The Pacers’ request for help—initially to the tune of $15 million per year—came while CIB was in the midst of its own financial crisis. The board was struggling to balance its budget mainly because of higher operating costs for the new Lucas Oil Stadium compared with the old RCA Dome.

CIB's 2013 budget will be released Monday at 3 p.m. The board's budget must eventually win approval from the City-County Council.

ADVERTISEMENT

  • Well said
    Taxpayer is correct. So why does the public treat Irsay like a star and the Simons like villans?
  • Public/Private Partnership doesn't mean Private Profits and Public Losses
    The CIB should be talking to the Colts about restructuring the Lucas Oil Stadium agreement to be more in line with the Pacers current agreement on Bankers Life Fieldhouse. It was the Colts that caused the CIB losses and fuels the Pacers demands to hose taxpayers like Jim Irsey.
  • Time to Repay The $30 Million Loan
    We were told that the $30 million was a short loan that needed to be repaid. Now everyone acts like it was a gift. Seems the city could use that money to plug the $70 million budget shortfall since the Pacers have a new NBA TV agreement and player contract concessions.
  • Common Sense
    How does anyone know if the Pacers lost money during any of these years and why should the citizens of Indianapolis pay for this? Have the Pacers ever shown their books to the city, the CIB or the public? Where's the outrage? You shut your libraries yet can't even get the Pacers to open their books?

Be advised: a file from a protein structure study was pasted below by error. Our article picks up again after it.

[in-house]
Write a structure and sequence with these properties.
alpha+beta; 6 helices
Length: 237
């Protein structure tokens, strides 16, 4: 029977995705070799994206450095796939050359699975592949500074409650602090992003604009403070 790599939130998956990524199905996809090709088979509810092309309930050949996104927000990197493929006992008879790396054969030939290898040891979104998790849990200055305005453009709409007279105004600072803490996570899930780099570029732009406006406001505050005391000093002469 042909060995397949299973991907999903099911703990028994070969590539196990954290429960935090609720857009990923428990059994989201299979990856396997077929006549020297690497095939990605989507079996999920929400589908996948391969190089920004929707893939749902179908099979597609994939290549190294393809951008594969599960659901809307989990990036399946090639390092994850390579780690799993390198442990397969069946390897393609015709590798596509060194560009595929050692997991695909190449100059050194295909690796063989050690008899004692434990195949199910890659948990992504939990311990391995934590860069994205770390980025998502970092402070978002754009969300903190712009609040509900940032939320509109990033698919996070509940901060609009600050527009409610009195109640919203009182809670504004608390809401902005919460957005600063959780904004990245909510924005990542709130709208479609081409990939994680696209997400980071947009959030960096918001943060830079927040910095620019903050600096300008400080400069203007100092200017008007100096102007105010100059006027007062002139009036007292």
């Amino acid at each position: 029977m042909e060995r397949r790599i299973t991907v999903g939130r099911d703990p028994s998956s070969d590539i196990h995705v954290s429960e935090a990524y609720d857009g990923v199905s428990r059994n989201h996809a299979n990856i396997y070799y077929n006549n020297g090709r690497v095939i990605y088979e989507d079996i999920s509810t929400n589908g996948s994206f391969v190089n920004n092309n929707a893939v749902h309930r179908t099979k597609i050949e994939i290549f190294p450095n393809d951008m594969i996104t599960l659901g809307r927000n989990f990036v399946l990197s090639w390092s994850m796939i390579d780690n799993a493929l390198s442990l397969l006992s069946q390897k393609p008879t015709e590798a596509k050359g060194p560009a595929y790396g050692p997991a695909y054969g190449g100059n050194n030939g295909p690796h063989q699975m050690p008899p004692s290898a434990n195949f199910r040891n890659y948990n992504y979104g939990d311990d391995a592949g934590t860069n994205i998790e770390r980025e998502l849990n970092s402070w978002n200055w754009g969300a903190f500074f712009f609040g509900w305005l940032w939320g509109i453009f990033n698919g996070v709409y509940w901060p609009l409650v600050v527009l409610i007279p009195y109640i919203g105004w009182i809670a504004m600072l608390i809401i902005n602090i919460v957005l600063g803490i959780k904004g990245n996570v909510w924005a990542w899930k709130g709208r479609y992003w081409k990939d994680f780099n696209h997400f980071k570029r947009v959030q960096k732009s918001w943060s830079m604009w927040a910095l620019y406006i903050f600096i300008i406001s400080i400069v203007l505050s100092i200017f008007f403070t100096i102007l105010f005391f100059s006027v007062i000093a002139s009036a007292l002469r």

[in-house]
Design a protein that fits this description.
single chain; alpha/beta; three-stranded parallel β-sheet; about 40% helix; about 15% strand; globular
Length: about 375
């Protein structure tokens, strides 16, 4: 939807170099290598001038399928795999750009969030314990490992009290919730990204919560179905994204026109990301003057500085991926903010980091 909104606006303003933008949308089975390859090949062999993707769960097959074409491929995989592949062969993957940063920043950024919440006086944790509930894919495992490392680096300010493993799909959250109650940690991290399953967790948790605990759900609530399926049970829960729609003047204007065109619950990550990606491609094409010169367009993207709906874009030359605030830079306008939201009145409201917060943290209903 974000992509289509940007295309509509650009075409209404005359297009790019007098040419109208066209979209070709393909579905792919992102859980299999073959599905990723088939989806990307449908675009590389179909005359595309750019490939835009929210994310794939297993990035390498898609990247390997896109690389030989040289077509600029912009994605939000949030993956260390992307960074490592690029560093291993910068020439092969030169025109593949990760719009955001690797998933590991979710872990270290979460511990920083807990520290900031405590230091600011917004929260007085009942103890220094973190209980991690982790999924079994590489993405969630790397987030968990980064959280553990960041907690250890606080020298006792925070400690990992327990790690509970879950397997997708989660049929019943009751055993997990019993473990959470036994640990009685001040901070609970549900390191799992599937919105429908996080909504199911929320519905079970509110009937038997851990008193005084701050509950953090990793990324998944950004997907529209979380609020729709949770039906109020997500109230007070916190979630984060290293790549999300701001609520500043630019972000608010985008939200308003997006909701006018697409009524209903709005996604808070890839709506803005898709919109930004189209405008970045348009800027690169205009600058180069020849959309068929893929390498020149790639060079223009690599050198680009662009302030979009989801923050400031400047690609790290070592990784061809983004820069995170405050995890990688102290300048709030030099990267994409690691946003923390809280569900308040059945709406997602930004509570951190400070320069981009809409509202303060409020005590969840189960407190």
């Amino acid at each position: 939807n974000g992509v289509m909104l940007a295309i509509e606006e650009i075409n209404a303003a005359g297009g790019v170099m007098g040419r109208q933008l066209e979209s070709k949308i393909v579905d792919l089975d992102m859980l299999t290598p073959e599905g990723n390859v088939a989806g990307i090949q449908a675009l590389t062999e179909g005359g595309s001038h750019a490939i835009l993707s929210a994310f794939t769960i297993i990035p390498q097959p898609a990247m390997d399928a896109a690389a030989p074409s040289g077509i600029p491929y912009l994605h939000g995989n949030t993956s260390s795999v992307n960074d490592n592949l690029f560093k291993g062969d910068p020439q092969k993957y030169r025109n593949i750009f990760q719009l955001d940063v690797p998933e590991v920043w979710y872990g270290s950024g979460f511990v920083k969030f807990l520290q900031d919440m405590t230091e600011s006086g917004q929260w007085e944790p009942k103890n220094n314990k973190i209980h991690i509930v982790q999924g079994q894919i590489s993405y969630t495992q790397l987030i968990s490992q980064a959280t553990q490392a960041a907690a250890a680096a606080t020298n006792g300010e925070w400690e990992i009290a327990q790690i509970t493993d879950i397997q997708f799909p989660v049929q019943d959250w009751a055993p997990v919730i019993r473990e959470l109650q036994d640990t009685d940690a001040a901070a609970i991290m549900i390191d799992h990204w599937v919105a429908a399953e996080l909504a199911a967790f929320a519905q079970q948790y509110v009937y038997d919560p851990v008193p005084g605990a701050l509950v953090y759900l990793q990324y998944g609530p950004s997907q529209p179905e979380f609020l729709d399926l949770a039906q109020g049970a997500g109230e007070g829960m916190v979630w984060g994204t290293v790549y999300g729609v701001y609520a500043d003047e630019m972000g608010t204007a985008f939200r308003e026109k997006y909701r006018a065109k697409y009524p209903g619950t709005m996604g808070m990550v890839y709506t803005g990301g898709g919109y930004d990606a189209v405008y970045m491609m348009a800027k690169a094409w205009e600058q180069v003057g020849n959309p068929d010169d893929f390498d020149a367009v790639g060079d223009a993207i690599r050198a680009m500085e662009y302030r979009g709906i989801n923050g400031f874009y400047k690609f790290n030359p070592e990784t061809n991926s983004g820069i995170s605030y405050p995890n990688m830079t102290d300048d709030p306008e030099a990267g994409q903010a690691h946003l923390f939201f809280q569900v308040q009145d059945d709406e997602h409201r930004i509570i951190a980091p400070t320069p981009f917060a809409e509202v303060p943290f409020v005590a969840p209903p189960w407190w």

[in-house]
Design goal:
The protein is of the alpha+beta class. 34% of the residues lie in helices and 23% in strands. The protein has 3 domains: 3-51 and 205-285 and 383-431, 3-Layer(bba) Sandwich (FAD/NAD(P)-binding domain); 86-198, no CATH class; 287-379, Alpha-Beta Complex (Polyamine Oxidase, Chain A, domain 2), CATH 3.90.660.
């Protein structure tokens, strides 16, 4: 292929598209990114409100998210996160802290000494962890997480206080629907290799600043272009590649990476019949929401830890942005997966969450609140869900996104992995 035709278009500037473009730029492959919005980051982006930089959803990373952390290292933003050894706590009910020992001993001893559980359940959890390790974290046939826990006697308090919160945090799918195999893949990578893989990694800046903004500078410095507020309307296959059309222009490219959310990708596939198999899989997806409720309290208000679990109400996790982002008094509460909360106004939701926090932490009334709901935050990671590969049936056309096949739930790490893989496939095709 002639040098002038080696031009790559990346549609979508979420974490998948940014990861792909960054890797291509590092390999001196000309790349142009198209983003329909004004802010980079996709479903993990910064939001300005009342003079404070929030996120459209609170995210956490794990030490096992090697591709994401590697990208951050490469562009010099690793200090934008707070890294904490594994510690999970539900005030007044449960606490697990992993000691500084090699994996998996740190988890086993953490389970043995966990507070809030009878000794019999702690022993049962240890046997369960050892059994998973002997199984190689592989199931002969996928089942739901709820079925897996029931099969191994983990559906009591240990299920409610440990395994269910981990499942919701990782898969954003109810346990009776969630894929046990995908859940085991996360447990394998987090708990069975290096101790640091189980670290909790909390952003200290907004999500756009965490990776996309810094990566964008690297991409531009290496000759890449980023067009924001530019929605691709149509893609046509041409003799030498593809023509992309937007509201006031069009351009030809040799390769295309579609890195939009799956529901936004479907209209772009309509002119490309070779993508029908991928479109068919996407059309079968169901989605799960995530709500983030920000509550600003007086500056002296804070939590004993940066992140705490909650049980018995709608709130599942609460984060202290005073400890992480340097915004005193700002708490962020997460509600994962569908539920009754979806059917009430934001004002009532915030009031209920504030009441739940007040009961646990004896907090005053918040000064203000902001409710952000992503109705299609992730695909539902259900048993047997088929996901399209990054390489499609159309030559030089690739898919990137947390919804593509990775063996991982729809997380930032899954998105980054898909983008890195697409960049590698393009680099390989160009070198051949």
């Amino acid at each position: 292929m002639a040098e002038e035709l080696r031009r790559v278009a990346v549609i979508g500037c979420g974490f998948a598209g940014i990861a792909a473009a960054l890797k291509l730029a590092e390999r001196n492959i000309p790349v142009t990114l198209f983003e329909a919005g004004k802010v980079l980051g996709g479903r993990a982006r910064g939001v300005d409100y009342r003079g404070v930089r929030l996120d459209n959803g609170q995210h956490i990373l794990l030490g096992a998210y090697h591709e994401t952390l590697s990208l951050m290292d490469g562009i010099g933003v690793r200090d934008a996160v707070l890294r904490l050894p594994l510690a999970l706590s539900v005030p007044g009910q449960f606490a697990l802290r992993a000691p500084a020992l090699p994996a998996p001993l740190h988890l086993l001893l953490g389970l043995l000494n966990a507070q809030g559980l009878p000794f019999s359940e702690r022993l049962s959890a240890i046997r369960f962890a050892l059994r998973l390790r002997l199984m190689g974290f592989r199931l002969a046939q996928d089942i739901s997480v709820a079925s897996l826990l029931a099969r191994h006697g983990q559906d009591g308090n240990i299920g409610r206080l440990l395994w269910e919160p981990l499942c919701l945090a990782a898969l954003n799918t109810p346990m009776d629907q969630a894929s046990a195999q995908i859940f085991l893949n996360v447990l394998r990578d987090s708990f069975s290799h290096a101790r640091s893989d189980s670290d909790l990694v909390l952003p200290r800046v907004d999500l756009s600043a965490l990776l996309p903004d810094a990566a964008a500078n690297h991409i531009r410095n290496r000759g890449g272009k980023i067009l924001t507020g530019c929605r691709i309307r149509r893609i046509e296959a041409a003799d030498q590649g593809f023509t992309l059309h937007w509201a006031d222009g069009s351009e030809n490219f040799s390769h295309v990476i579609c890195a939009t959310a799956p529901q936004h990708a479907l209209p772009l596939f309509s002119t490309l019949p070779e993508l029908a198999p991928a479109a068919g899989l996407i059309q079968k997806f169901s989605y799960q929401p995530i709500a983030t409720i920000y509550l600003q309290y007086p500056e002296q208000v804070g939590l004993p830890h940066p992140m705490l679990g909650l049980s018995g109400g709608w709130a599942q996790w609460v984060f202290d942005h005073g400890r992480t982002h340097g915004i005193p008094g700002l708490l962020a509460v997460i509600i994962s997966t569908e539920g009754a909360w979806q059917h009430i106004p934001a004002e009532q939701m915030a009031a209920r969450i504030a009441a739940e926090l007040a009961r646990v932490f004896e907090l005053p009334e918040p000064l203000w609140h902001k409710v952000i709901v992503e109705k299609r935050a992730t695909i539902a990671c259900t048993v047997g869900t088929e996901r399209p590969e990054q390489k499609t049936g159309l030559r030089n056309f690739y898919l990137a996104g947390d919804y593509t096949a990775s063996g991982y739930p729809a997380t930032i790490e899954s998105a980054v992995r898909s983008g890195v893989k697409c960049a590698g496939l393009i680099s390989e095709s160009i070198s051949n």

Post a comment to this story

COMMENTS POLICY
We reserve the right to remove any post that we feel is obscene, profane, vulgar, racist, sexually explicit, abusive, or hateful.
 
You are legally responsible for what you post and your anonymity is not guaranteed.
 
Posts that insult, defame, threaten, harass or abuse other readers or people mentioned in IBJ editorial content are also subject to removal. Please respect the privacy of individuals and refrain from posting personal information.
 
No solicitations, spamming or advertisements are allowed. Readers may post links to other informational websites that are relevant to the topic at hand, but please do not link to objectionable material.
 
We may remove messages that are unrelated to the topic, encourage illegal activity, use all capital letters or are unreadable.